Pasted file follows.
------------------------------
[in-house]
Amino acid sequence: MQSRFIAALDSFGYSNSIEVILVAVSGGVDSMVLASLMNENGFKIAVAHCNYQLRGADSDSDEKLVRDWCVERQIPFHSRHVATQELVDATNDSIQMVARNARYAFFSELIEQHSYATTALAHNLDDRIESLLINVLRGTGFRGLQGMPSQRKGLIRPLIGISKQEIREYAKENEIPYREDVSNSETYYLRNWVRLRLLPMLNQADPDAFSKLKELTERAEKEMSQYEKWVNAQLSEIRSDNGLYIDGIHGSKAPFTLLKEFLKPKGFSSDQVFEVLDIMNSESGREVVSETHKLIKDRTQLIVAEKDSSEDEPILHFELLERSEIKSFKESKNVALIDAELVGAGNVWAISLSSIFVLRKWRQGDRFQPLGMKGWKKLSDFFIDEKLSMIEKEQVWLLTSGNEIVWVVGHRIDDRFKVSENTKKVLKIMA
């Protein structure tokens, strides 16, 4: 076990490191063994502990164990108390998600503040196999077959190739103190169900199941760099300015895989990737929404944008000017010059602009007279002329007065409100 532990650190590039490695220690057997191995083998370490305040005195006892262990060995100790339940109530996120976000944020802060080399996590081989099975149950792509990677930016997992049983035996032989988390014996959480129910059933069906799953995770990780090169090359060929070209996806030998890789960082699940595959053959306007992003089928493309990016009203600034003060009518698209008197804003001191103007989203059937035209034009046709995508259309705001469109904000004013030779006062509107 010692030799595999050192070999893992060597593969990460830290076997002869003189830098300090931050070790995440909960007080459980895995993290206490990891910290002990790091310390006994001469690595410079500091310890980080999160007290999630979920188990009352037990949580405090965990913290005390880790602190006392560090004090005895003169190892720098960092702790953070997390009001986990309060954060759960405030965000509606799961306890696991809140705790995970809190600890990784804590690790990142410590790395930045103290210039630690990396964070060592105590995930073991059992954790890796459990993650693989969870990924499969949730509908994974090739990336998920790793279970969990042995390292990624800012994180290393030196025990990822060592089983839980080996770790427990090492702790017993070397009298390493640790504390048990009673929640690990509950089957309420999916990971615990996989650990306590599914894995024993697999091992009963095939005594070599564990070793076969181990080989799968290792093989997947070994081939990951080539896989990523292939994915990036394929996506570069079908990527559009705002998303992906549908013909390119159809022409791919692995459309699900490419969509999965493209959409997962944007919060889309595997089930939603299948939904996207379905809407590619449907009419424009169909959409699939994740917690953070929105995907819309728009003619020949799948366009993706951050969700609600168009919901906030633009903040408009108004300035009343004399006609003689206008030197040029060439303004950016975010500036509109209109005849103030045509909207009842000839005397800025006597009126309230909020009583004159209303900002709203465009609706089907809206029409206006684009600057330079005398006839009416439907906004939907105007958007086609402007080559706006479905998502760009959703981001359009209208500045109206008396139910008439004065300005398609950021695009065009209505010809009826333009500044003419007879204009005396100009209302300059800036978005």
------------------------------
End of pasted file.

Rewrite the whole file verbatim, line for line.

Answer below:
[in-house]
Amino acid sequence: MQSRFIAALDSFGYSNSIEVILVAVSGGVDSMVLASLMNENGFKIAVAHCNYQLRGADSDSDEKLVRDWCVERQIPFHSRHVATQELVDATNDSIQMVARNARYAFFSELIEQHSYATTALAHNLDDRIESLLINVLRGTGFRGLQGMPSQRKGLIRPLIGISKQEIREYAKENEIPYREDVSNSETYYLRNWVRLRLLPMLNQADPDAFSKLKELTERAEKEMSQYEKWVNAQLSEIRSDNGLYIDGIHGSKAPFTLLKEFLKPKGFSSDQVFEVLDIMNSESGREVVSETHKLIKDRTQLIVAEKDSSEDEPILHFELLERSEIKSFKESKNVALIDAELVGAGNVWAISLSSIFVLRKWRQGDRFQPLGMKGWKKLSDFFIDEKLSMIEKEQVWLLTSGNEIVWVVGHRIDDRFKVSENTKKVLKIMA
């Protein structure tokens, strides 16, 4: 076990490191063994502990164990108390998600503040196999077959190739103190169900199941760099300015895989990737929404944008000017010059602009007279002329007065409100 532990650190590039490695220690057997191995083998370490305040005195006892262990060995100790339940109530996120976000944020802060080399996590081989099975149950792509990677930016997992049983035996032989988390014996959480129910059933069906799953995770990780090169090359060929070209996806030998890789960082699940595959053959306007992003089928493309990016009203600034003060009518698209008197804003001191103007989203059937035209034009046709995508259309705001469109904000004013030779006062509107 010692030799595999050192070999893992060597593969990460830290076997002869003189830098300090931050070790995440909960007080459980895995993290206490990891910290002990790091310390006994001469690595410079500091310890980080999160007290999630979920188990009352037990949580405090965990913290005390880790602190006392560090004090005895003169190892720098960092702790953070997390009001986990309060954060759960405030965000509606799961306890696991809140705790995970809190600890990784804590690790990142410590790395930045103290210039630690990396964070060592105590995930073991059992954790890796459990993650693989969870990924499969949730509908994974090739990336998920790793279970969990042995390292990624800012994180290393030196025990990822060592089983839980080996770790427990090492702790017993070397009298390493640790504390048990009673929640690990509950089957309420999916990971615990996989650990306590599914894995024993697999091992009963095939005594070599564990070793076969181990080989799968290792093989997947070994081939990951080539896989990523292939994915990036394929996506570069079908990527559009705002998303992906549908013909390119159809022409791919692995459309699900490419969509999965493209959409997962944007919060889309595997089930939603299948939904996207379905809407590619449907009419424009169909959409699939994740917690953070929105995907819309728009003619020949799948366009993706951050969700609600168009919901906030633009903040408009108004300035009343004399006609003689206008030197040029060439303004950016975010500036509109209109005849103030045509909207009842000839005397800025006597009126309230909020009583004159209303900002709203465009609706089907809206029409206006684009600057330079005398006839009416439907906004939907105007958007086609402007080559706006479905998502760009959703981001359009209208500045109206008396139910008439004065300005398609950021695009065009209505010809009826333009500044003419007879204009005396100009209302300059800036978005």